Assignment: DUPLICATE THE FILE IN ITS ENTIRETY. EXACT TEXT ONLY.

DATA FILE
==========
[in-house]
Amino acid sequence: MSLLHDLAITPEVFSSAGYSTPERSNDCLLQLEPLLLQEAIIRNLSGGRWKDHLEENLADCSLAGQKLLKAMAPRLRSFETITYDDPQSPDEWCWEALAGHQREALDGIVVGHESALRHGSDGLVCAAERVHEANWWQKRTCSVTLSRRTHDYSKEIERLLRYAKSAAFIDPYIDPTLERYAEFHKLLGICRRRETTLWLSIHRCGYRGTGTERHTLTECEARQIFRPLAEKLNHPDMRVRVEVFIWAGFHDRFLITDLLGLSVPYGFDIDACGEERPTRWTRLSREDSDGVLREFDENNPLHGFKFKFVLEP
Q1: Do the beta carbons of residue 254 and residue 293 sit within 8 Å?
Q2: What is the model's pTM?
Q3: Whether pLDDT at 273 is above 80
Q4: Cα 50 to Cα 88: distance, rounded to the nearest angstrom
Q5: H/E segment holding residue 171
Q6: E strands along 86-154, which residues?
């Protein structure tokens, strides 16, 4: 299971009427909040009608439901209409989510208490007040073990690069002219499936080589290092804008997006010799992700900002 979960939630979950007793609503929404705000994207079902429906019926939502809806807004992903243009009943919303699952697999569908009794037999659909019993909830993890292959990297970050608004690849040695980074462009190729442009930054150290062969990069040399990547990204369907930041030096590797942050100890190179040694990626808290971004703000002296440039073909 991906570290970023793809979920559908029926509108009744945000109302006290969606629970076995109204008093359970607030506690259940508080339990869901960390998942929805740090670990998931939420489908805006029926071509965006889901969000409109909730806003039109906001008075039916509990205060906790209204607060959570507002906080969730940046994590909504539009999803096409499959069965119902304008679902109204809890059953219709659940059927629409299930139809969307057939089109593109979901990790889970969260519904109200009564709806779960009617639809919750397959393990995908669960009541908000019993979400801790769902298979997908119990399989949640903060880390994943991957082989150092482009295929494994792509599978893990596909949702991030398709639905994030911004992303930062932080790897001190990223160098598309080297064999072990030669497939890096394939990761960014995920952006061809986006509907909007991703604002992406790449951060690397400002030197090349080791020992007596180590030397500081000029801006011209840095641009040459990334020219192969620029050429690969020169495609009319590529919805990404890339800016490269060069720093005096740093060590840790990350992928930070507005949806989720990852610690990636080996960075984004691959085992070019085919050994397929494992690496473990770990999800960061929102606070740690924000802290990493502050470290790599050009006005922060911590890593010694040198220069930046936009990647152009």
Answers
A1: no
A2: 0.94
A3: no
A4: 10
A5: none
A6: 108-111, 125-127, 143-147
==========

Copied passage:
[in-house]
Amino acid sequence: MSLLHDLAITPEVFSSAGYSTPERSNDCLLQLEPLLLQEAIIRNLSGGRWKDHLEENLADCSLAGQKLLKAMAPRLRSFETITYDDPQSPDEWCWEALAGHQREALDGIVVGHESALRHGSDGLVCAAERVHEANWWQKRTCSVTLSRRTHDYSKEIERLLRYAKSAAFIDPYIDPTLERYAEFHKLLGICRRRETTLWLSIHRCGYRGTGTERHTLTECEARQIFRPLAEKLNHPDMRVRVEVFIWAGFHDRFLITDLLGLSVPYGFDIDACGEERPTRWTRLSREDSDGVLREFDENNPLHGFKFKFVLEP
Q1: Do the beta carbons of residue 254 and residue 293 sit within 8 Å?
Q2: What is the model's pTM?
Q3: Whether pLDDT at 273 is above 80
Q4: Cα 50 to Cα 88: distance, rounded to the nearest angstrom
Q5: H/E segment holding residue 171
Q6: E strands along 86-154, which residues?
């Protein structure tokens, strides 16, 4: 299971009427909040009608439901209409989510208490007040073990690069002219499936080589290092804008997006010799992700900002 979960939630979950007793609503929404705000994207079902429906019926939502809806807004992903243009009943919303699952697999569908009794037999659909019993909830993890292959990297970050608004690849040695980074462009190729442009930054150290062969990069040399990547990204369907930041030096590797942050100890190179040694990626808290971004703000002296440039073909 991906570290970023793809979920559908029926509108009744945000109302006290969606629970076995109204008093359970607030506690259940508080339990869901960390998942929805740090670990998931939420489908805006029926071509965006889901969000409109909730806003039109906001008075039916509990205060906790209204607060959570507002906080969730940046994590909504539009999803096409499959069965119902304008679902109204809890059953219709659940059927629409299930139809969307057939089109593109979901990790889970969260519904109200009564709806779960009617639809919750397959393990995908669960009541908000019993979400801790769902298979997908119990399989949640903060880390994943991957082989150092482009295929494994792509599978893990596909949702991030398709639905994030911004992303930062932080790897001190990223160098598309080297064999072990030669497939890096394939990761960014995920952006061809986006509907909007991703604002992406790449951060690397400002030197090349080791020992007596180590030397500081000029801006011209840095641009040459990334020219192969620029050429690969020169495609009319590529919805990404890339800016490269060069720093005096740093060590840790990350992928930070507005949806989720990852610690990636080996960075984004691959085992070019085919050994397929494992690496473990770990999800960061929102606070740690924000802290990493502050470290790599050009006005922060911590890593010694040198220069930046936009990647152009």
Answers
A1: no
A2: 0.94
A3: no
A4: 10
A5: none
A6: 108-111, 125-127, 143-147